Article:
A Little Faith Goes a Long Way – An Interview With the Inciting Incident’s Inaugural Winner, Chung Ming See
Many creatives often have to balance their artistic sentiments with pragmatism. This is why Sinema launched The Inciting Incident (TII) competition, which is meant to provide an avenue for writers who may be uncertain about showcasing their work, to cultivate their art and ultimately, the local creative industry itself.
Chung Ming See, the first winner of TII, encapsulates the spirit of the competition perfectly. She submitted her comedy screenplay (Fertility Treatment) with little expectations, motivated simply by the idea of “why not?”. Free from the usual apprehension, Ming See proves that sometimes, all we need is to take a leap of faith and trust in our work.
In Fertility Treatment, a married couple comes under pressure by the government to make a baby to resolve the country’s population crisis. Jury member Ray Pang, founder of Premise, praised the story as “something out of the ordinary” yet remaining believable and realistic. Kamil Haque, founder of the Haque Centre of Acting & Creativity, commended the interesting social messaging and plot twist, making Fertility Treatment “very exciting to read”.
Ming See shares her experience as a writer and what the future holds for her.
Tell us about yourself.
There is not much to say about me, really. I am generally a very dull character. If I were in a movie I would probably get killed off within the first minute and nobody would remember.
I spend the bulk of my time and energy attempting to mould the future of our nation (i.e. I teach), with varying degrees of success.
What was your inspiration for Fertility Treatment?
I wanted to write something sort of dystopian and darkly funny, so I thought about what some of the imminent challenges facing Singapore were, that I could also make a joke out of. I decided on the topic of boosting fertility rates pretty quickly because, well, sex is something you can always make funny – there is a lot of room for awkwardness and irreverence.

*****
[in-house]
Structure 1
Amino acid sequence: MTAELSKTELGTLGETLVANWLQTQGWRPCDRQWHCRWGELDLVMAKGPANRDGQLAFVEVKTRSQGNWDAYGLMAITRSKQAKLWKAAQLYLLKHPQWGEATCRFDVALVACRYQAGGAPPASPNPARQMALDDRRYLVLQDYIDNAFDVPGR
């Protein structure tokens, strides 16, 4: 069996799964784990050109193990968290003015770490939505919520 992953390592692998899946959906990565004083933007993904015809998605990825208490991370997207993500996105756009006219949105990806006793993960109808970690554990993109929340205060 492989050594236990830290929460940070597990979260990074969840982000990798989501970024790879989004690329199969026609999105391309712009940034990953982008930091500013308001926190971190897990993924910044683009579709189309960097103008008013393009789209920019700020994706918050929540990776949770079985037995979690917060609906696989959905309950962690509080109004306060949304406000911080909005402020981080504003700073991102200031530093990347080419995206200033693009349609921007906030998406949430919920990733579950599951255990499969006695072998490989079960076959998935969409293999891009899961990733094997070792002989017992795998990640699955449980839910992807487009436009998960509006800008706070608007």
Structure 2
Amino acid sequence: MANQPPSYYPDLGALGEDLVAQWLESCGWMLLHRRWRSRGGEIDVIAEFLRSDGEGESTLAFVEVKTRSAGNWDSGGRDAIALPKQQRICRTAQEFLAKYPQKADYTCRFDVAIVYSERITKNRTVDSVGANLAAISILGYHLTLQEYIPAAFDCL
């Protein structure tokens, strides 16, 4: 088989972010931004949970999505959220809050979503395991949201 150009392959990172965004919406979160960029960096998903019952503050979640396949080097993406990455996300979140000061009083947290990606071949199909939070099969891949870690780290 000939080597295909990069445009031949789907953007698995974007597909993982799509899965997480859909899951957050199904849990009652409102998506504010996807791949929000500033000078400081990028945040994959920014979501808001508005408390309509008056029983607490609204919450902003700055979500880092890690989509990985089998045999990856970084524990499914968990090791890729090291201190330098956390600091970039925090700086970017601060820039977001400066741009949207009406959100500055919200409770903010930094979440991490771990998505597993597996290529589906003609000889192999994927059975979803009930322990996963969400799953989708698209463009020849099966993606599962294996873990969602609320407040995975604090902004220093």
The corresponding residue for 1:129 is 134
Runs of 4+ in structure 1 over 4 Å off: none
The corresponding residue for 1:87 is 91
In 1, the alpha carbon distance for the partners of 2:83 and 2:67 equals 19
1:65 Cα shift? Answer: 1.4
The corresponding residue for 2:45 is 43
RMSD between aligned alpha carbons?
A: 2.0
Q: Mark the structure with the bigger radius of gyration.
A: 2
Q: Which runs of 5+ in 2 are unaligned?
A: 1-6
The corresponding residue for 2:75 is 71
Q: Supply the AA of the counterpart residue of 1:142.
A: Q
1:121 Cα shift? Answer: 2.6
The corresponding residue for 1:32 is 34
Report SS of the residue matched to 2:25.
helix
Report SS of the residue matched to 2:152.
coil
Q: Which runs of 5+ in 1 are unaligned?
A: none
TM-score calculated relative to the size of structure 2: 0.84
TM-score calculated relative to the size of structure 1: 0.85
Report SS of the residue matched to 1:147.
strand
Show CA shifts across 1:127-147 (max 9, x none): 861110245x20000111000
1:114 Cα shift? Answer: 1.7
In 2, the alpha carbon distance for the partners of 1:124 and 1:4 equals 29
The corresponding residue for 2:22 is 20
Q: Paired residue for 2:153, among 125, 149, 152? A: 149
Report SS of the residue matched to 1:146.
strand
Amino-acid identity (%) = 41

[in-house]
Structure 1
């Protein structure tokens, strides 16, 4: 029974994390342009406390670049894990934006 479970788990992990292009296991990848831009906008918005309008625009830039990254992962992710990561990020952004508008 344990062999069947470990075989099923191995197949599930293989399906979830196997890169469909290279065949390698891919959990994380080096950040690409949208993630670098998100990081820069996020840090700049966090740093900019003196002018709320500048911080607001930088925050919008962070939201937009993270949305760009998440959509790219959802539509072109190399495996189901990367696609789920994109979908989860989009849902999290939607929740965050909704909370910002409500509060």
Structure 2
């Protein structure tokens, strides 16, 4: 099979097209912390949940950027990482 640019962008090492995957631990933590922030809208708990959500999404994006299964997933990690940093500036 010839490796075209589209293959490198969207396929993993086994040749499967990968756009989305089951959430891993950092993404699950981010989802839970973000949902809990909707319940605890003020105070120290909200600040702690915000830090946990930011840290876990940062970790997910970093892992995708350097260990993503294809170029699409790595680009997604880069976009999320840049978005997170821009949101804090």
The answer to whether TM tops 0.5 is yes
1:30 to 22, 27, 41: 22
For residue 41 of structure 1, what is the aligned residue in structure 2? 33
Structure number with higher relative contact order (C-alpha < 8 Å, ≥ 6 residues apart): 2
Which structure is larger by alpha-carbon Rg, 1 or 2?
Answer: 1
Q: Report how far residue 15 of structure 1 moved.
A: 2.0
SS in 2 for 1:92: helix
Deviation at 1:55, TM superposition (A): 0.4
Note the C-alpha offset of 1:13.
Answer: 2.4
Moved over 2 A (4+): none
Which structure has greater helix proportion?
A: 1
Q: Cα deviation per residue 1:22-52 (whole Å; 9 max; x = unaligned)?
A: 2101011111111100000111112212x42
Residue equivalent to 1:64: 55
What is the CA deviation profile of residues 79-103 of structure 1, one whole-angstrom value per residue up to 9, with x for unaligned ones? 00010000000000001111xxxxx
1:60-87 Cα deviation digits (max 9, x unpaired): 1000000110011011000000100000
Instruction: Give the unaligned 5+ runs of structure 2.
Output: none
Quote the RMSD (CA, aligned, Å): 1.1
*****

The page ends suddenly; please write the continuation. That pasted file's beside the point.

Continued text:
Tell us a bit about your experience writing screenplays
I only started writing screenplays about two years ago, when I became interested in long-form storytelling after getting sucked into the world of Netflix.
I wrote my first screenplay as part of a Skillsfuture workshop, and then my second one as part of IMDA’s Writers’ Lab last year. I guess I can be the poster child for the government’s efforts to promote lifelong learning.
How did you hear of TII and what made you decide to participate?
One of my friends from Writers’ Lab informed us of this competition and I thought, why not? It’s a good way to keep the momentum going. I also liked that there were clear parameters set.
How did you feel winning the challenge?
Very surprised, and very touched! It felt very strange to hear my name announced on live stream. I wasted no time in informing my parents, both of whom I think have been quietly and steadily let down by the way I have turned out over the years. It offered them some momentary solace.
What are your plans moving forward now that your screenplay has won the challenge? Will you be producing the screenplay into a short film?
I would definitely like to have a chance to produce it into a short film… as soon as I figure out how!
Missed out on the opportunity to participate in The Inciting Incident’s first round? Fret not! The challenge’s next round will be open for submissions on Thursday, 2 April! Contestants are to submit an original screenplay in English for a 3 – 5 minute short film based on this quarter’s genre of romance! Submissions will be judged by a panel of industry professionals, narrowing the selections down to 10 finalists and ultimately 3 winners.
Stay tuned for more information on our Facebook page.